R.I.P. Hector Black

image of treelined walkway in cemetery

If you have never heard of a man named Hector Black, from Cookeville, Tennessee, I hope you will continue to read this.  Hector died on August 20, 2020, at age 95.  Born in New York City, he served in the Army in World War II.  After the war he studied at Harvard, and began to attend Quaker meetings, being attracted by their non-violent creed.  He and his wife became involved in the civil rights movement in the 1960s, and moved to Atlanta in 1965 with their three daughters, where they protested for racial justice alongside Martin Luther King Jr.  While in Atlanta, they also adopted two more daughters, making a family with five children, all girls.

His dedication to non-violence faced a severe test many years later, when in 2000, one of his adopted daughters, Patricia Knuckles, was raped and murdered in her Atlanta home.  Despite never believing in the death penalty, Hector wanted the man responsible for the crime, Ivan Simpson, “to hurt the way he had hurt her.”  But at the trial, he was able to look Ivan in the eye and tell him that, although he did “hate with all my soul what you did to my daughter,” he did not hate him.  It was in the act of looking into Ivan’s eyes at the trial that Hector was able to forgive him.  A short time later, Hector began a multi-year written correspondence with Ivan, and he and his wife visited Ivan in prison on several occasions.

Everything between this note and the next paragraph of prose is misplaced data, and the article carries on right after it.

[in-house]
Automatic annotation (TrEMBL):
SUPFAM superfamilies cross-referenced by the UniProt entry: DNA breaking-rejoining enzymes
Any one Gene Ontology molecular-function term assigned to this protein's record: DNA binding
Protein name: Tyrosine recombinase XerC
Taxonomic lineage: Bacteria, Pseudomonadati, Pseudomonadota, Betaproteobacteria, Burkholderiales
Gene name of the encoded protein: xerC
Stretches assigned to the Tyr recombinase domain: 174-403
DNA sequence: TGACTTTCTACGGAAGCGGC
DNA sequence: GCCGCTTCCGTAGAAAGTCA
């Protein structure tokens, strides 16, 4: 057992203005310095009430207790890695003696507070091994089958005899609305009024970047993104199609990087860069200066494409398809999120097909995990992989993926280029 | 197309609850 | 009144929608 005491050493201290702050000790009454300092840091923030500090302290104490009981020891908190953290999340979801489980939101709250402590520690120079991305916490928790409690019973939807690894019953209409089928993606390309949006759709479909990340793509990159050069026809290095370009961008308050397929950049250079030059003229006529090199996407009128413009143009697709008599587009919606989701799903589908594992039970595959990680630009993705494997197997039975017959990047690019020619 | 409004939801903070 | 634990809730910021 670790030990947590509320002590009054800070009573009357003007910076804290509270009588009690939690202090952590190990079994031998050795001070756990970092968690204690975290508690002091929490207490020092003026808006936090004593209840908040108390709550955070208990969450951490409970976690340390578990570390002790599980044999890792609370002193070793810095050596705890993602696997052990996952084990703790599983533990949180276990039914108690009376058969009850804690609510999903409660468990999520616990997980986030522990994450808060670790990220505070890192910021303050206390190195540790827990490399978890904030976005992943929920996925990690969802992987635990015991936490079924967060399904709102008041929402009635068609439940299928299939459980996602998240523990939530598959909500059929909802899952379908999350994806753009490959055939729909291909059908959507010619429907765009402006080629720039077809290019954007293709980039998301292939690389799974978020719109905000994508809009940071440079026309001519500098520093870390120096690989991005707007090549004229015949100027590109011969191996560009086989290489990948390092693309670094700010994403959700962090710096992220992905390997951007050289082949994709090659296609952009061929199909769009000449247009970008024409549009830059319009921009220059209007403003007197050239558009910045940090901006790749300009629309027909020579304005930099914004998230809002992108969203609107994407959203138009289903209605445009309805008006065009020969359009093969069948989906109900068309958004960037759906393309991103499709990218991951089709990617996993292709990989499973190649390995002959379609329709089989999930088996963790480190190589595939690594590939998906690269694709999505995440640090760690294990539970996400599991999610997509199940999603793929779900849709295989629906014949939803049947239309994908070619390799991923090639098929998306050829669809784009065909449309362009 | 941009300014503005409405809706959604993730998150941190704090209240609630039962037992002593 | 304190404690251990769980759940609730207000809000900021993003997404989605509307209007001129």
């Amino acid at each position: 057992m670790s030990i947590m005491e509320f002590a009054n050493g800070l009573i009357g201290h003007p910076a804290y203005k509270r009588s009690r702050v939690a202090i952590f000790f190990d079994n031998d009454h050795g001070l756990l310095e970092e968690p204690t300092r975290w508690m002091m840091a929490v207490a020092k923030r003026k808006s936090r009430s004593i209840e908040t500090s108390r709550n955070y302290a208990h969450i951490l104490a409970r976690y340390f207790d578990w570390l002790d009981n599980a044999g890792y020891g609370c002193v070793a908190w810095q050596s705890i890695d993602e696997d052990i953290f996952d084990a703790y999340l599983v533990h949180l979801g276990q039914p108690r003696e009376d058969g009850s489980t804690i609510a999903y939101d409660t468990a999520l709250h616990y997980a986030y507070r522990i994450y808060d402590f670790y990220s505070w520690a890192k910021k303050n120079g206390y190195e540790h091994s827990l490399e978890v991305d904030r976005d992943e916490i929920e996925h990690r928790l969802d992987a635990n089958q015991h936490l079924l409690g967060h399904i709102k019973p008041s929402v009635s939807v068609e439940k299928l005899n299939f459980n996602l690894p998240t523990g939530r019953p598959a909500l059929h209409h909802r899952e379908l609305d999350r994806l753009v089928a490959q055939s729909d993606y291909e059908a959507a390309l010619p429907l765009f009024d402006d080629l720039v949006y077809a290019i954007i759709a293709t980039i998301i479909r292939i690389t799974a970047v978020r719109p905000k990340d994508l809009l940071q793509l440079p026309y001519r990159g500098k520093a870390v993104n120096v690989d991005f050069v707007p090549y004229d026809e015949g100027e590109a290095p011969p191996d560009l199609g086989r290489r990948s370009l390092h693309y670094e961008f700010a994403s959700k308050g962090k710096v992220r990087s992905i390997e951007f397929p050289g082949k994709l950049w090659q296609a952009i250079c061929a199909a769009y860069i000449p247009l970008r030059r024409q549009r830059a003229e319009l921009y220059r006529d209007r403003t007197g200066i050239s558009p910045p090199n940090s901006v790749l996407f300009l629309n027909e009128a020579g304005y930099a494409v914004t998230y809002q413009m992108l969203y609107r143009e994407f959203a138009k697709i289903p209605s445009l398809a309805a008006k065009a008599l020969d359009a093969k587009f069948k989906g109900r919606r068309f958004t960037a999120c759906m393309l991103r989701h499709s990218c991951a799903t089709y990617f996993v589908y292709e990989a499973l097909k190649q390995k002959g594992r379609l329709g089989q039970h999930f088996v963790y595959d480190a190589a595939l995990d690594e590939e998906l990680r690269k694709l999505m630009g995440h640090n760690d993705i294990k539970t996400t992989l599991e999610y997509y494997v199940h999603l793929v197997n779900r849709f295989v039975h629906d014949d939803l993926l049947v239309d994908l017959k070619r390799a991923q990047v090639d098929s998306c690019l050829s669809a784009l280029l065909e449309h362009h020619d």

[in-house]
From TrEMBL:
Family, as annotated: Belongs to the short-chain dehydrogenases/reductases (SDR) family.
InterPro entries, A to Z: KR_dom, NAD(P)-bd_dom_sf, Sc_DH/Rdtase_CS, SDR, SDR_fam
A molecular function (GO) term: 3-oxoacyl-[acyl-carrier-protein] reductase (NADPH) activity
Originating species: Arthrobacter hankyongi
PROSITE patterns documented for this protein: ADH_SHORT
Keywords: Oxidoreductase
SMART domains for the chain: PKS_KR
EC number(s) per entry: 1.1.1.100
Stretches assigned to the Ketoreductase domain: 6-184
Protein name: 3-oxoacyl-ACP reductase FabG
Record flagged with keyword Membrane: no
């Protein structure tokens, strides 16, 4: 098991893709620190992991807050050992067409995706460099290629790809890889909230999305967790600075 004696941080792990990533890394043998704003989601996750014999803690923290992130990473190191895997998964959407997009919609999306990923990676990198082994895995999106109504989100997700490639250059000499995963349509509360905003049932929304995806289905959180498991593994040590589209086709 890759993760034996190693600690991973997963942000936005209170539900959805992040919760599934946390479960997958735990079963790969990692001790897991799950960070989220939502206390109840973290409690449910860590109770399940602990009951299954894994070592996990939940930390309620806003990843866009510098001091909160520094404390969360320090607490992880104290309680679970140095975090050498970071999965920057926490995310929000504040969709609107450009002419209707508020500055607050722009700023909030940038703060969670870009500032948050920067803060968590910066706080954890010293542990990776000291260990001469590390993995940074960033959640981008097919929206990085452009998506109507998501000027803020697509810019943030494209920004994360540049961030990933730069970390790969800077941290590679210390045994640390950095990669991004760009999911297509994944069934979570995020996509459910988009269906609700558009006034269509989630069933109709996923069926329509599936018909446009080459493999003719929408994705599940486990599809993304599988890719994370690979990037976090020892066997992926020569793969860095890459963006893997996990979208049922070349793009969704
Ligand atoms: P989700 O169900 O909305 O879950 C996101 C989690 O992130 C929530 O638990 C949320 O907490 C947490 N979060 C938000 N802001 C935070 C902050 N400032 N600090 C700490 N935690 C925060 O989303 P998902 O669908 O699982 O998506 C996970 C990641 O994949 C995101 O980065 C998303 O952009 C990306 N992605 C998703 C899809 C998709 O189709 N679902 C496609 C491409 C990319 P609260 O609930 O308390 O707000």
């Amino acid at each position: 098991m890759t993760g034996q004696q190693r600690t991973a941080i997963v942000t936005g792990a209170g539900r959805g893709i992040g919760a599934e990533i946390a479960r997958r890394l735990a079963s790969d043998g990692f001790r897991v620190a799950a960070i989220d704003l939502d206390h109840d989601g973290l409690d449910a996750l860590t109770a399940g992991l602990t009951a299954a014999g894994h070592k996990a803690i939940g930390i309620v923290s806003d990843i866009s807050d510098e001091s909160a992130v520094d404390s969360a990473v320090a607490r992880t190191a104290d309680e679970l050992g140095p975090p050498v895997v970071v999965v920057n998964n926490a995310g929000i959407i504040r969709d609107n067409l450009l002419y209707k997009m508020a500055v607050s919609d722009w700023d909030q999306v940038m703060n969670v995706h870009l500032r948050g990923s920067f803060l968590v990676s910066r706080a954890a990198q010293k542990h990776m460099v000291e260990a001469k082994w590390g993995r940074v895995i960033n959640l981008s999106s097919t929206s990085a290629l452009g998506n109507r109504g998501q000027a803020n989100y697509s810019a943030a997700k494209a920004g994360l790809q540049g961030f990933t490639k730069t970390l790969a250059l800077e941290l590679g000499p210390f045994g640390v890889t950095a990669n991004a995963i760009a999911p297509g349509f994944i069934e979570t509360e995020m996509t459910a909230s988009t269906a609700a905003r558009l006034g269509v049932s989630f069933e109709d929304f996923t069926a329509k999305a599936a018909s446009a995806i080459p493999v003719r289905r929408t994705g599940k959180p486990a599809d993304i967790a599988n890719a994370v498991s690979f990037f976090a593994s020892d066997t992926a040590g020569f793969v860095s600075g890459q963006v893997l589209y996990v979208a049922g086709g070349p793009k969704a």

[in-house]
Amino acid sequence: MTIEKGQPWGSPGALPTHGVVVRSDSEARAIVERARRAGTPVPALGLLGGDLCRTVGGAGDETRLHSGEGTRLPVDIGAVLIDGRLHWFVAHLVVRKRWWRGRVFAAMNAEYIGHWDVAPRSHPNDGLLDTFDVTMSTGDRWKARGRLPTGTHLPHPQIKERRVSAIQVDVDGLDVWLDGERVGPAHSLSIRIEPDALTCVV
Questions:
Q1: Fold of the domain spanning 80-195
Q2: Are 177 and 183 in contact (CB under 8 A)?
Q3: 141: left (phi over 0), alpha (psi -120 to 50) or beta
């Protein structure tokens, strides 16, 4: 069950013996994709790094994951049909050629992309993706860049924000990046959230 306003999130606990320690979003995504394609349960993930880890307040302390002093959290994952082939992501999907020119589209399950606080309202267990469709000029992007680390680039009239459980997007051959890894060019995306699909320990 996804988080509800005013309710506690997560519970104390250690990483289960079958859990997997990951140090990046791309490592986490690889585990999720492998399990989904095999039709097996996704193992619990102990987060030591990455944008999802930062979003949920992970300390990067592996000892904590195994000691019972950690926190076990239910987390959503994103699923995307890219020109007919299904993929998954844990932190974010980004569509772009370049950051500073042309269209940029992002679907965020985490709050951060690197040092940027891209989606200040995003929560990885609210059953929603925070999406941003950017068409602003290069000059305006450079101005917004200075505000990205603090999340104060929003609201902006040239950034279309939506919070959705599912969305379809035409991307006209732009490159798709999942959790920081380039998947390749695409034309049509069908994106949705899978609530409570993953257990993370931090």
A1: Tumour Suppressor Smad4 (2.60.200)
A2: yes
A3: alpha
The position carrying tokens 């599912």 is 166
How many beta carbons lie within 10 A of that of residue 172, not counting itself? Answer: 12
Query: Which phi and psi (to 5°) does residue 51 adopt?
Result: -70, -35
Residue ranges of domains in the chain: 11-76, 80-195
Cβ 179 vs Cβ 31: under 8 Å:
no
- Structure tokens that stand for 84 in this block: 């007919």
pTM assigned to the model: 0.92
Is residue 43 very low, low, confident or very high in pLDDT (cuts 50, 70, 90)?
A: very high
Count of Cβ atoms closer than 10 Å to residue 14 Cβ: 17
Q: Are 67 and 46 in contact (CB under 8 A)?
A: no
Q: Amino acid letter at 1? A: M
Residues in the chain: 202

Telling a Story…

Two years ago, I was hired to voice some of Hector’s letters – written to Ivan in prison between 2001 and 2018 – for a media company that was working on a documentary about his life.  The voiceover in the actual film was to be by Hector himself, but the production team needed some working material as they developed the story, and they hired me to do the reads.   

I knew from preparing for the audition, of course, the general contour of Hector’s story.  But by being immersed in the volume of his letters, and knowing his backstory more fully, I reached a deeper level of understanding and admiration for the man.  After he and Ivan met in court, Hector felt “as though a tremendous weight had been lifted from me and that I had forgiven him.”  And in the course of their correspondence, each man expressed gratitude to the other that they were able to both give and receive forgiveness.

…and Learning from It

I doubt that I would be able to respond as Hector did, if such a thing happened to me.  Probably very few of us would.  Nevertheless, I believe that knowing his story, voicing his words in that narration job, and thereby understanding his journey more fully, might have made me a slightly better person.  And I believe that Hector’s story could have a similarly beneficent effect on others.  So I recommend it to any one of you who may perceive, as I do, a yawning deficit of empathy, compassion, understanding and forgiveness in our nation’s public life today, as a balm to you personally, and to us collectively.  You can hear him tell his story on a @StoryCorps podcast, and see him telling it on stage at @TheMoth.

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